Many students find that taking a class or several classes in Religious Studies both broadens and deepens their overall college education in significant ways, introducing them to new ways of thinking as well as new cultural experiences.
Some of these students choose to minor in Religious Studies, while some students find themselves so engaged by the study of religion that they want to devote a major portion of their college education to it, often integrating language and off-campus study into their personalized curricula. Graduate work in Religious Studies or a related discipline is one possibility for such students, if they are particularly motivated and skilled, leading to a career in higher education, ministry or another field. However, most of our majors and minors go into careers in other fields, from education to law to business to journalism to healthcare, and much more.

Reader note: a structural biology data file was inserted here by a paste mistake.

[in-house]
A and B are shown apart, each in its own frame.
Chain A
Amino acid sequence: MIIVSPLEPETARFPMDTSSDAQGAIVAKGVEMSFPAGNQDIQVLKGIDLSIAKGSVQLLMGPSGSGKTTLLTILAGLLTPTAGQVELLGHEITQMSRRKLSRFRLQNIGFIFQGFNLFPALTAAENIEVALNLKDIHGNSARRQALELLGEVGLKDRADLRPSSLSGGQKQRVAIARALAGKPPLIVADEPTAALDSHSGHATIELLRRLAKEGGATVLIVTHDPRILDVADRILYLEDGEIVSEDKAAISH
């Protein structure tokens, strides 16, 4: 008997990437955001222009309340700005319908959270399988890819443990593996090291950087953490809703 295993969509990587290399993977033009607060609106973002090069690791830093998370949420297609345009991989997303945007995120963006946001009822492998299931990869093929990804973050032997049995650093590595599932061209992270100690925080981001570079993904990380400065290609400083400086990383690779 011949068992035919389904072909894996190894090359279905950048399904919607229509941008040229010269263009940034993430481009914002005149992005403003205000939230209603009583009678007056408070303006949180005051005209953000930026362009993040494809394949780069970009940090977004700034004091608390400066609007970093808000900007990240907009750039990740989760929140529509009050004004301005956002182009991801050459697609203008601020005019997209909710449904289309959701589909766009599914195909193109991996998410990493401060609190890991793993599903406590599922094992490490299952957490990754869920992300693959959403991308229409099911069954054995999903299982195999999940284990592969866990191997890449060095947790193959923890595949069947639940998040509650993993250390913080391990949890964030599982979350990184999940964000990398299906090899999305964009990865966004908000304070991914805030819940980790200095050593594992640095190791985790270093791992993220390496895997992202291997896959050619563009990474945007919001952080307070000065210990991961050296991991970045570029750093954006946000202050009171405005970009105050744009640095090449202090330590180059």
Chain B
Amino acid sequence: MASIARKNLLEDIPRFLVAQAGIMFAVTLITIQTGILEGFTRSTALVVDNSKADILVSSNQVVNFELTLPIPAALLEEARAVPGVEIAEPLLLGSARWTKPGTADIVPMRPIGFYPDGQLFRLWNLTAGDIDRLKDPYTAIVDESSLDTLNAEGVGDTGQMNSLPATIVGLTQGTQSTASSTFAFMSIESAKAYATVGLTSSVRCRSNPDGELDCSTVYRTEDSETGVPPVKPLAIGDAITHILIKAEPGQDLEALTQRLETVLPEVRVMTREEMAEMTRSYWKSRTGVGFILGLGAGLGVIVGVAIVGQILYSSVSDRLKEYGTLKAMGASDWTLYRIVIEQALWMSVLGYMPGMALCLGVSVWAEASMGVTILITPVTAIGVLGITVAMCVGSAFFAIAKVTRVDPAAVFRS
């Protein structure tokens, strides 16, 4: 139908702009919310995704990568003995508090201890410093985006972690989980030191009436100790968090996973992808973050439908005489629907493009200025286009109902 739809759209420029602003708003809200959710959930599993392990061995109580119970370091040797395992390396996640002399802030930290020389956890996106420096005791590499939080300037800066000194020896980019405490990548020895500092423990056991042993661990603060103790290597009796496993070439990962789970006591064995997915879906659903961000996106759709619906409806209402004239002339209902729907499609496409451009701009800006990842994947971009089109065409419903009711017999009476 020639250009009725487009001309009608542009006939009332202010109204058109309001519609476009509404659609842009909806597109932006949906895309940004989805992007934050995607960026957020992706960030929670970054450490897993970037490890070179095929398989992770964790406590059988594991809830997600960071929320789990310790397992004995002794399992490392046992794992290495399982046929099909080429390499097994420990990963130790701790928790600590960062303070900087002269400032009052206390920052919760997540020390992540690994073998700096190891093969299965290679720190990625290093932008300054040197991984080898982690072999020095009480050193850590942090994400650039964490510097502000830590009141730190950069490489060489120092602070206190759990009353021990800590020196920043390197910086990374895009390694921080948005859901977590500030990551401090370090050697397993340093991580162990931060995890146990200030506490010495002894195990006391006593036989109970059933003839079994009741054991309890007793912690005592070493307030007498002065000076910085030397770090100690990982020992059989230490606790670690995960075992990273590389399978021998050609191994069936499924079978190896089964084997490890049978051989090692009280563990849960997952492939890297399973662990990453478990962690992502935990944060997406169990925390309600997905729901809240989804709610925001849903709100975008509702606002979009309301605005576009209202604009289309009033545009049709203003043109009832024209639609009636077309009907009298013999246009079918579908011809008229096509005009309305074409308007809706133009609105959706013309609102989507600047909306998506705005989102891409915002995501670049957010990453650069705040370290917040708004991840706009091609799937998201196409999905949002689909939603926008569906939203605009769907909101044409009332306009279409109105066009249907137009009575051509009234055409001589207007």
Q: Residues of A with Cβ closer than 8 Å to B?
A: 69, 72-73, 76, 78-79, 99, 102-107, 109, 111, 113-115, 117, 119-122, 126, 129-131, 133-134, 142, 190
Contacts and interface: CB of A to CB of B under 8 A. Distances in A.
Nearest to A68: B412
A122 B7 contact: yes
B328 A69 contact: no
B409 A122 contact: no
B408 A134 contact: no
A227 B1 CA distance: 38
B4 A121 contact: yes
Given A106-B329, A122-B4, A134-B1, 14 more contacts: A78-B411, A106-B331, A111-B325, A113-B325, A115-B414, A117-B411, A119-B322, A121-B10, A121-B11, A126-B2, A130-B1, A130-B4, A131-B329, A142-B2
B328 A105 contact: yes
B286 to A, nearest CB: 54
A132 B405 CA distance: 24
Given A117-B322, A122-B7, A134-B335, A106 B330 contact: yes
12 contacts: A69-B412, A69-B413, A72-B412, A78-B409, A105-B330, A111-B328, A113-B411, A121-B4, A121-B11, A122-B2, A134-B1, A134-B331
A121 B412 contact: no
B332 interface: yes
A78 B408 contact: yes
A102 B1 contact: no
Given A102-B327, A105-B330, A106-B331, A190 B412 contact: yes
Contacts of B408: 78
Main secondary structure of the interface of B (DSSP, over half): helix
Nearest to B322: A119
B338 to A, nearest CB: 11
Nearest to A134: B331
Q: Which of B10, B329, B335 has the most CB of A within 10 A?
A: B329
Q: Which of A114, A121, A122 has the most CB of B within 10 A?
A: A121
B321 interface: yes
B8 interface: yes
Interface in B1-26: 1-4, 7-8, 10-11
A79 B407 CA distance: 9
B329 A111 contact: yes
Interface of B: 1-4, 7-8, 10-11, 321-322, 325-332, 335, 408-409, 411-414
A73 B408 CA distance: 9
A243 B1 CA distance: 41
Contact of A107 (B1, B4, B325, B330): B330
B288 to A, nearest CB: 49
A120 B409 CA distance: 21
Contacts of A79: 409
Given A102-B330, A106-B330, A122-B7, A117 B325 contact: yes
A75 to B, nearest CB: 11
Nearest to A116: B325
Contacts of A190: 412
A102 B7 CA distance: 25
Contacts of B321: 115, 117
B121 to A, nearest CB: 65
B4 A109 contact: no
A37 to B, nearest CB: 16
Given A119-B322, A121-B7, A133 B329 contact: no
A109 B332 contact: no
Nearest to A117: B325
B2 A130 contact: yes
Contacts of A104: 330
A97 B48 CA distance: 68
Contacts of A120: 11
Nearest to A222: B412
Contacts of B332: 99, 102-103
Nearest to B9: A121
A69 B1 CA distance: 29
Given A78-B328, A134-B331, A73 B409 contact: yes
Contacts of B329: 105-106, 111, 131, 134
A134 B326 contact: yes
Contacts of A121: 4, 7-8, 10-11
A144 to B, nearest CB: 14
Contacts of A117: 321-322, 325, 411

Students who major in the liberal arts, whatever the specific field, find that the skills they learn prepare them for the challenging and quickly changing world in which we now live. Most people nowadays change career tracks several times over the course of their working lives. Practically speaking, getting a college degree is the most important thing one can do for one’s career, but in addition to the basic college-level skills of critical thinking and oral and written communication, Religious Studies has an experiential and international component that many students find marketable.